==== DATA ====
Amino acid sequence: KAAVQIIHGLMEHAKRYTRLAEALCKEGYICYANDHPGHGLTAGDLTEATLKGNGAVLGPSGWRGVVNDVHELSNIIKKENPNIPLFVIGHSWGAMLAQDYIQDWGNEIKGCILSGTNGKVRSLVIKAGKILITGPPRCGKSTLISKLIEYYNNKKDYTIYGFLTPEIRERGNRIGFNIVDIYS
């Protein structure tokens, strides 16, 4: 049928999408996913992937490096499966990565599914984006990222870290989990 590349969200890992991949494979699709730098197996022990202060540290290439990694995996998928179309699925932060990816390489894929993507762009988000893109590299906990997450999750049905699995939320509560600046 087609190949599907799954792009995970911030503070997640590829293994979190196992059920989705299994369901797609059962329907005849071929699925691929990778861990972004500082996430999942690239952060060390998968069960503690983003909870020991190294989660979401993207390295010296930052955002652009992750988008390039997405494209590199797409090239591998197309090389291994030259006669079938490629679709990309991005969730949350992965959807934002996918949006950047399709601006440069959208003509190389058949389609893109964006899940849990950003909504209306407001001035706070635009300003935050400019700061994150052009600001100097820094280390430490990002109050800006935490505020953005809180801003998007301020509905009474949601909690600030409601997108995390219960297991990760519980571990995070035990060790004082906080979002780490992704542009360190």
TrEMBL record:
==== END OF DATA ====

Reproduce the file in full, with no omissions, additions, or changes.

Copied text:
Amino acid sequence: KAAVQIIHGLMEHAKRYTRLAEALCKEGYICYANDHPGHGLTAGDLTEATLKGNGAVLGPSGWRGVVNDVHELSNIIKKENPNIPLFVIGHSWGAMLAQDYIQDWGNEIKGCILSGTNGKVRSLVIKAGKILITGPPRCGKSTLISKLIEYYNNKKDYTIYGFLTPEIRERGNRIGFNIVDIYS
């Protein structure tokens, strides 16, 4: 049928999408996913992937490096499966990565599914984006990222870290989990 590349969200890992991949494979699709730098197996022990202060540290290439990694995996998928179309699925932060990816390489894929993507762009988000893109590299906990997450999750049905699995939320509560600046 087609190949599907799954792009995970911030503070997640590829293994979190196992059920989705299994369901797609059962329907005849071929699925691929990778861990972004500082996430999942690239952060060390998968069960503690983003909870020991190294989660979401993207390295010296930052955002652009992750988008390039997405494209590199797409090239591998197309090389291994030259006669079938490629679709990309991005969730949350992965959807934002996918949006950047399709601006440069959208003509190389058949389609893109964006899940849990950003909504209306407001001035706070635009300003935050400019700061994150052009600001100097820094280390430490990002109050800006935490505020953005809180801003998007301020509905009474949601909690600030409601997108995390219960297991990760519980571990995070035990060790004082906080979002780490992704542009360190």
TrEMBL record: